While encryption and other basic defense approaches will always have their place in security strategies, encryption alone does not prevent hackers from stealing data. Adding advanced analytic techniques to cybersecurity portfolios complements and can close the gaps left by encryption (and signature-based security) by detecting emerging and evolving attack patterns in real time. As a best practice, companies must advance beyond basic defenses, and enhance their security posture with the analytic equivalent of an effective intelligence service. It’s time to bolster our walls and moats with spies and intelligence.

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Doug Clare is Vice President of fraud, Compliance, and Security Solutions at FICO. In this role, Doug heads FICO's fraud, financial crime, and cyber-risk businesses. With more than 25 years at FICO, he has deep expertise in helping banks and other businesses manage fraud, ... View Full Bio

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User Rank: Ninja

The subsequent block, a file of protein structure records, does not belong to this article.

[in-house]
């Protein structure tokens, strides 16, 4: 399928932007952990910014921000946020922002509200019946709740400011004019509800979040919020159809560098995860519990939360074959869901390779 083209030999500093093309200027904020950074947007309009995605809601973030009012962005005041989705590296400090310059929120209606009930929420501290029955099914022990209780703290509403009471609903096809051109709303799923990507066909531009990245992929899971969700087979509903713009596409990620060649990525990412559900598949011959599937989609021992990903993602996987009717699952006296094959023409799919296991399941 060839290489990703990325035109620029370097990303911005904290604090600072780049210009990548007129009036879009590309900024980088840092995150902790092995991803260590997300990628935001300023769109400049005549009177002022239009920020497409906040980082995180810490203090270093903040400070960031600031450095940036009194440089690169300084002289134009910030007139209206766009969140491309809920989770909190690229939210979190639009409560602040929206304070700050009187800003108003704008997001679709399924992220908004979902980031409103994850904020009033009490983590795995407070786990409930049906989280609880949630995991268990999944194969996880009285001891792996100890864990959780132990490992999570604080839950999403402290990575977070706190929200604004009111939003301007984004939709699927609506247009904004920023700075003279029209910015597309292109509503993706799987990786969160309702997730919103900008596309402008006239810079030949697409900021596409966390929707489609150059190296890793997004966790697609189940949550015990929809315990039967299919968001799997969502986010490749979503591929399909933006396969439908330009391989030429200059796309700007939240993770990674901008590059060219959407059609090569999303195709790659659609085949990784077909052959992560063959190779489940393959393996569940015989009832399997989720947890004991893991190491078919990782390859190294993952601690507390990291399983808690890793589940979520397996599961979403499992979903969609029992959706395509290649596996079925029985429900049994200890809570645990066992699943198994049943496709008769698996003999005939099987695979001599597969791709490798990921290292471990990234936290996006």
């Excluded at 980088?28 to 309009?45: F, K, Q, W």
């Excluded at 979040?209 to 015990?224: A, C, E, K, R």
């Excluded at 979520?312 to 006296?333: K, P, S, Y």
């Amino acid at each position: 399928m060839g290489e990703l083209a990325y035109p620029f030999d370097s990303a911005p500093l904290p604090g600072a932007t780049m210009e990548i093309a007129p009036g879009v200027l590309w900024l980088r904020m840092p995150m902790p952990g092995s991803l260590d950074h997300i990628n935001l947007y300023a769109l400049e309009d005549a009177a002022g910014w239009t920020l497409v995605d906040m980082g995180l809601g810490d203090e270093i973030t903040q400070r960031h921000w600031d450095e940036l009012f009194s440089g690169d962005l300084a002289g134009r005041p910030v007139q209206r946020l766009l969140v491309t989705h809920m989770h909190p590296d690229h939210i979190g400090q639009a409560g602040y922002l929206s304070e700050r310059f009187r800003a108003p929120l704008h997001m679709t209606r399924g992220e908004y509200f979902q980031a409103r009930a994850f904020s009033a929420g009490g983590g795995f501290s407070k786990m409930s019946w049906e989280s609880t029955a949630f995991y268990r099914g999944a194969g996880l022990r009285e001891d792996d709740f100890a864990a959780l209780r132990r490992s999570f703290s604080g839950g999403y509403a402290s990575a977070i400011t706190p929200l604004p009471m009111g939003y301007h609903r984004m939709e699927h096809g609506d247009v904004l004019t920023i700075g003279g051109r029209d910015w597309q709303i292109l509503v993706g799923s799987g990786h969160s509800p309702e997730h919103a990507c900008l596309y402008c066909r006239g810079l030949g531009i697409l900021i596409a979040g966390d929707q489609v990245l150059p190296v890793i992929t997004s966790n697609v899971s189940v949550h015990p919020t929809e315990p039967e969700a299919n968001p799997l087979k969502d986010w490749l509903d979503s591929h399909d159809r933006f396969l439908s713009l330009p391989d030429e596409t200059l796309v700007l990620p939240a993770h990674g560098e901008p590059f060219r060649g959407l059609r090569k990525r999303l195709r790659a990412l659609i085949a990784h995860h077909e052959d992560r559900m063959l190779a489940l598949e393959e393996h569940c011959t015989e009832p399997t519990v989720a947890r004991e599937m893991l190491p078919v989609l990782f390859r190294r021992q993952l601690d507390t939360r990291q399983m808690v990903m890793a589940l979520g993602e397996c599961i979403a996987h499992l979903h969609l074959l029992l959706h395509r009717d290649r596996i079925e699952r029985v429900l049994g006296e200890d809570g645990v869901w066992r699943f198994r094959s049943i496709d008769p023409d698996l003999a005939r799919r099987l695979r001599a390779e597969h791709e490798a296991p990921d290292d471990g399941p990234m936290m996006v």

2/3/2016 | 7:55:57 AM
Schneier notes on NSA presentation
system attack process summary:

intrusion phases
  • reconnaissance
  • initial exploitation
  • establish persistence
  • install tools
  • move laterally
  • collect exfi land exploit

the event was the usenix enigma conference.


reference (schneier)



attackers don't care about passwords, authentication, or encrypotion: they work by attacking the endpoints with root kits and other un-authorized programming  .until the industry addresses this issue there will be no meaningful progress against computer fraud and abuse.
User Rank: Ninja
2/2/2016 | 7:17:50 PM
Data That Stays Encrypted, Is Read While Encrypted